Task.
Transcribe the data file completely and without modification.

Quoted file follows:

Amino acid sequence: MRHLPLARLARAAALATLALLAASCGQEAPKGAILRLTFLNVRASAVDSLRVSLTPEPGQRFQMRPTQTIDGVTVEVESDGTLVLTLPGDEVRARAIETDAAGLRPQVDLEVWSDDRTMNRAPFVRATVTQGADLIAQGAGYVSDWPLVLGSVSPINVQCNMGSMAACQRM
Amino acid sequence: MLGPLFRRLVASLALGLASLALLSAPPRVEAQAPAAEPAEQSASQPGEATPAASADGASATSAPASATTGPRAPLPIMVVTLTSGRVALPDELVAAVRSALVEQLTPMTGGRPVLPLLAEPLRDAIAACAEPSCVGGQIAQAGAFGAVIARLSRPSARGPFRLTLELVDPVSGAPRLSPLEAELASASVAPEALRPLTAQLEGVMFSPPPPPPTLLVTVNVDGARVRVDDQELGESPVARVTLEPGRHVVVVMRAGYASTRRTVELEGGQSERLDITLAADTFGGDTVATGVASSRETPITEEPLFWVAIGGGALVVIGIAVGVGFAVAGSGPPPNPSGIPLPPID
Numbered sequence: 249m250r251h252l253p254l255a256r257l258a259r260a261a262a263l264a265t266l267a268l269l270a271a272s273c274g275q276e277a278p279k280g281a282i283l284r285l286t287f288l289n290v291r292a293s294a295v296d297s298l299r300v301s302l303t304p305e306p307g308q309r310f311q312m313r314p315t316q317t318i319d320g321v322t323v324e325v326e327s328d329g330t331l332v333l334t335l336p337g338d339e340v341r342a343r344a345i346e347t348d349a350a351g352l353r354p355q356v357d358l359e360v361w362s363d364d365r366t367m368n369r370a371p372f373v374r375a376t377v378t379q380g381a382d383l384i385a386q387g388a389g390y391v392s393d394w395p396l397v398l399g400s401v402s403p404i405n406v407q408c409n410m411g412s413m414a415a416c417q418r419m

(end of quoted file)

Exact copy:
Amino acid sequence: MRHLPLARLARAAALATLALLAASCGQEAPKGAILRLTFLNVRASAVDSLRVSLTPEPGQRFQMRPTQTIDGVTVEVESDGTLVLTLPGDEVRARAIETDAAGLRPQVDLEVWSDDRTMNRAPFVRATVTQGADLIAQGAGYVSDWPLVLGSVSPINVQCNMGSMAACQRM
Amino acid sequence: MLGPLFRRLVASLALGLASLALLSAPPRVEAQAPAAEPAEQSASQPGEATPAASADGASATSAPASATTGPRAPLPIMVVTLTSGRVALPDELVAAVRSALVEQLTPMTGGRPVLPLLAEPLRDAIAACAEPSCVGGQIAQAGAFGAVIARLSRPSARGPFRLTLELVDPVSGAPRLSPLEAELASASVAPEALRPLTAQLEGVMFSPPPPPPTLLVTVNVDGARVRVDDQELGESPVARVTLEPGRHVVVVMRAGYASTRRTVELEGGQSERLDITLAADTFGGDTVATGVASSRETPITEEPLFWVAIGGGALVVIGIAVGVGFAVAGSGPPPNPSGIPLPPID
Numbered sequence: 249m250r251h252l253p254l255a256r257l258a259r260a261a262a263l264a265t266l267a268l269l270a271a272s273c274g275q276e277a278p279k280g281a282i283l284r285l286t287f288l289n290v291r292a293s294a295v296d297s298l299r300v301s302l303t304p305e306p307g308q309r310f311q312m313r314p315t316q317t318i319d320g321v322t323v324e325v326e327s328d329g330t331l332v333l334t335l336p337g338d339e340v341r342a343r344a345i346e347t348d349a350a351g352l353r354p355q356v357d358l359e360v361w362s363d364d365r366t367m368n369r370a371p372f373v374r375a376t377v378t379q380g381a382d383l384i385a386q387g388a389g390y391v392s393d394w395p396l397v398l399g400s401v402s403p404i405n406v407q408c409n410m411g412s413m414a415a416c417q418r419m